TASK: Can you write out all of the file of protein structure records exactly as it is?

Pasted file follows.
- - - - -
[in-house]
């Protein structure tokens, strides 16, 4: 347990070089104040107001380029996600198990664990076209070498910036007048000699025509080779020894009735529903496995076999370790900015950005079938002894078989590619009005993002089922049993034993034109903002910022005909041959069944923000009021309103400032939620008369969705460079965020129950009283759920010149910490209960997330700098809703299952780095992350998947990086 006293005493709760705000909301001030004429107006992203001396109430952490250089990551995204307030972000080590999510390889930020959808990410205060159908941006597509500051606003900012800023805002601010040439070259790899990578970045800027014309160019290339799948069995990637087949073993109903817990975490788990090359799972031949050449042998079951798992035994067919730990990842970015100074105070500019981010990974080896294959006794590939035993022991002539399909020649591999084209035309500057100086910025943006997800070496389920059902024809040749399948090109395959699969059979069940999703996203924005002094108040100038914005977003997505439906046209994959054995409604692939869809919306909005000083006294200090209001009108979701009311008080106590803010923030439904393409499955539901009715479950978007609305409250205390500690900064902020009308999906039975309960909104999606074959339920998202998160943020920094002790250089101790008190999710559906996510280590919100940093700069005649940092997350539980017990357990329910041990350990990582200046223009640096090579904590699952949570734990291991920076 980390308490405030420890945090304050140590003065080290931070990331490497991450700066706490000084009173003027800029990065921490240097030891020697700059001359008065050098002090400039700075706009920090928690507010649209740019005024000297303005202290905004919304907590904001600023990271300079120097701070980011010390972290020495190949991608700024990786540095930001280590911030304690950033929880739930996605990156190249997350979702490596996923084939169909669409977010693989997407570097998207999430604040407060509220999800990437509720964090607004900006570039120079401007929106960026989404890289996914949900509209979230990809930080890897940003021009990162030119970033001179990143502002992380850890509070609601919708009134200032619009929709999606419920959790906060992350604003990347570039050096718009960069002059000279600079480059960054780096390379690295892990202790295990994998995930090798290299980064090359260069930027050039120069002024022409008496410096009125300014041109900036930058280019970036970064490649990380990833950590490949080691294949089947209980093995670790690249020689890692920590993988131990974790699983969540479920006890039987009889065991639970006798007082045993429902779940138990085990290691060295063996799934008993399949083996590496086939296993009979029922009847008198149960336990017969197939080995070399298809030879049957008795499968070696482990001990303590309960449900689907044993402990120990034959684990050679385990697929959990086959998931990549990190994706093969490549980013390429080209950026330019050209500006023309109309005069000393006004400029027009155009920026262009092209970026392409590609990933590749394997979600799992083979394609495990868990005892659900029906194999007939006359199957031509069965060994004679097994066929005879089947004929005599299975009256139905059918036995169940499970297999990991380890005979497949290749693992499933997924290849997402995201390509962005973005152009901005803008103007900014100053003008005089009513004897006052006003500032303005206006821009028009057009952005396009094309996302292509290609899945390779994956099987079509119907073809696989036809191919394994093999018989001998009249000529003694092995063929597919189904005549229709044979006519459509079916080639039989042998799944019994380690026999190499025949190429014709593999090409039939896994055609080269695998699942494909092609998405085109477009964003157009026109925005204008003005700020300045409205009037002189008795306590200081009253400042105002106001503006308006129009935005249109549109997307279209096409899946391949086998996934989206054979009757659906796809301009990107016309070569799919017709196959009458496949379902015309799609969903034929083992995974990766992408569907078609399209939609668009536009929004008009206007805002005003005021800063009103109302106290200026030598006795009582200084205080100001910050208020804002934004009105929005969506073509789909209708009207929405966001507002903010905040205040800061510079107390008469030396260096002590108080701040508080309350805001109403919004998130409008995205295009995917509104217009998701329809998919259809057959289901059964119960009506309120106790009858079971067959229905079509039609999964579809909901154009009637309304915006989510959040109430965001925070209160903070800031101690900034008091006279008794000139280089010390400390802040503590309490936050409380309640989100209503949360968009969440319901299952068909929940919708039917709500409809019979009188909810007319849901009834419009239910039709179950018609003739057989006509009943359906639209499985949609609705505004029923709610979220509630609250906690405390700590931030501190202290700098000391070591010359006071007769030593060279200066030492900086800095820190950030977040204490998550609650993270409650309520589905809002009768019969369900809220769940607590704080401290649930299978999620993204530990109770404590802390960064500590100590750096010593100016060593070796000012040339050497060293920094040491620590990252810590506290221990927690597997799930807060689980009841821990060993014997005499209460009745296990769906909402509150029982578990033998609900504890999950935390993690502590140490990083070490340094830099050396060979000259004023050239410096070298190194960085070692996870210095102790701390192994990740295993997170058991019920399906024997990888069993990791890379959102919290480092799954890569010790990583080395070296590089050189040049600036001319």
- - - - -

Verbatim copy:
[in-house]
């Protein structure tokens, strides 16, 4: 347990070089104040107001380029996600198990664990076209070498910036007048000699025509080779020894009735529903496995076999370790900015950005079938002894078989590619009005993002089922049993034993034109903002910022005909041959069944923000009021309103400032939620008369969705460079965020129950009283759920010149910490209960997330700098809703299952780095992350998947990086 006293005493709760705000909301001030004429107006992203001396109430952490250089990551995204307030972000080590999510390889930020959808990410205060159908941006597509500051606003900012800023805002601010040439070259790899990578970045800027014309160019290339799948069995990637087949073993109903817990975490788990090359799972031949050449042998079951798992035994067919730990990842970015100074105070500019981010990974080896294959006794590939035993022991002539399909020649591999084209035309500057100086910025943006997800070496389920059902024809040749399948090109395959699969059979069940999703996203924005002094108040100038914005977003997505439906046209994959054995409604692939869809919306909005000083006294200090209001009108979701009311008080106590803010923030439904393409499955539901009715479950978007609305409250205390500690900064902020009308999906039975309960909104999606074959339920998202998160943020920094002790250089101790008190999710559906996510280590919100940093700069005649940092997350539980017990357990329910041990350990990582200046223009640096090579904590699952949570734990291991920076 980390308490405030420890945090304050140590003065080290931070990331490497991450700066706490000084009173003027800029990065921490240097030891020697700059001359008065050098002090400039700075706009920090928690507010649209740019005024000297303005202290905004919304907590904001600023990271300079120097701070980011010390972290020495190949991608700024990786540095930001280590911030304690950033929880739930996605990156190249997350979702490596996923084939169909669409977010693989997407570097998207999430604040407060509220999800990437509720964090607004900006570039120079401007929106960026989404890289996914949900509209979230990809930080890897940003021009990162030119970033001179990143502002992380850890509070609601919708009134200032619009929709999606419920959790906060992350604003990347570039050096718009960069002059000279600079480059960054780096390379690295892990202790295990994998995930090798290299980064090359260069930027050039120069002024022409008496410096009125300014041109900036930058280019970036970064490649990380990833950590490949080691294949089947209980093995670790690249020689890692920590993988131990974790699983969540479920006890039987009889065991639970006798007082045993429902779940138990085990290691060295063996799934008993399949083996590496086939296993009979029922009847008198149960336990017969197939080995070399298809030879049957008795499968070696482990001990303590309960449900689907044993402990120990034959684990050679385990697929959990086959998931990549990190994706093969490549980013390429080209950026330019050209500006023309109309005069000393006004400029027009155009920026262009092209970026392409590609990933590749394997979600799992083979394609495990868990005892659900029906194999007939006359199957031509069965060994004679097994066929005879089947004929005599299975009256139905059918036995169940499970297999990991380890005979497949290749693992499933997924290849997402995201390509962005973005152009901005803008103007900014100053003008005089009513004897006052006003500032303005206006821009028009057009952005396009094309996302292509290609899945390779994956099987079509119907073809696989036809191919394994093999018989001998009249000529003694092995063929597919189904005549229709044979006519459509079916080639039989042998799944019994380690026999190499025949190429014709593999090409039939896994055609080269695998699942494909092609998405085109477009964003157009026109925005204008003005700020300045409205009037002189008795306590200081009253400042105002106001503006308006129009935005249109549109997307279209096409899946391949086998996934989206054979009757659906796809301009990107016309070569799919017709196959009458496949379902015309799609969903034929083992995974990766992408569907078609399209939609668009536009929004008009206007805002005003005021800063009103109302106290200026030598006795009582200084205080100001910050208020804002934004009105929005969506073509789909209708009207929405966001507002903010905040205040800061510079107390008469030396260096002590108080701040508080309350805001109403919004998130409008995205295009995917509104217009998701329809998919259809057959289901059964119960009506309120106790009858079971067959229905079509039609999964579809909901154009009637309304915006989510959040109430965001925070209160903070800031101690900034008091006279008794000139280089010390400390802040503590309490936050409380309640989100209503949360968009969440319901299952068909929940919708039917709500409809019979009188909810007319849901009834419009239910039709179950018609003739057989006509009943359906639209499985949609609705505004029923709610979220509630609250906690405390700590931030501190202290700098000391070591010359006071007769030593060279200066030492900086800095820190950030977040204490998550609650993270409650309520589905809002009768019969369900809220769940607590704080401290649930299978999620993204530990109770404590802390960064500590100590750096010593100016060593070796000012040339050497060293920094040491620590990252810590506290221990927690597997799930807060689980009841821990060993014997005499209460009745296990769906909402509150029982578990033998609900504890999950935390993690502590140490990083070490340094830099050396060979000259004023050239410096070298190194960085070692996870210095102790701390192994990740295993997170058991019920399906024997990888069993990791890379959102919290480092799954890569010790990583080395070296590089050189040049600036001319």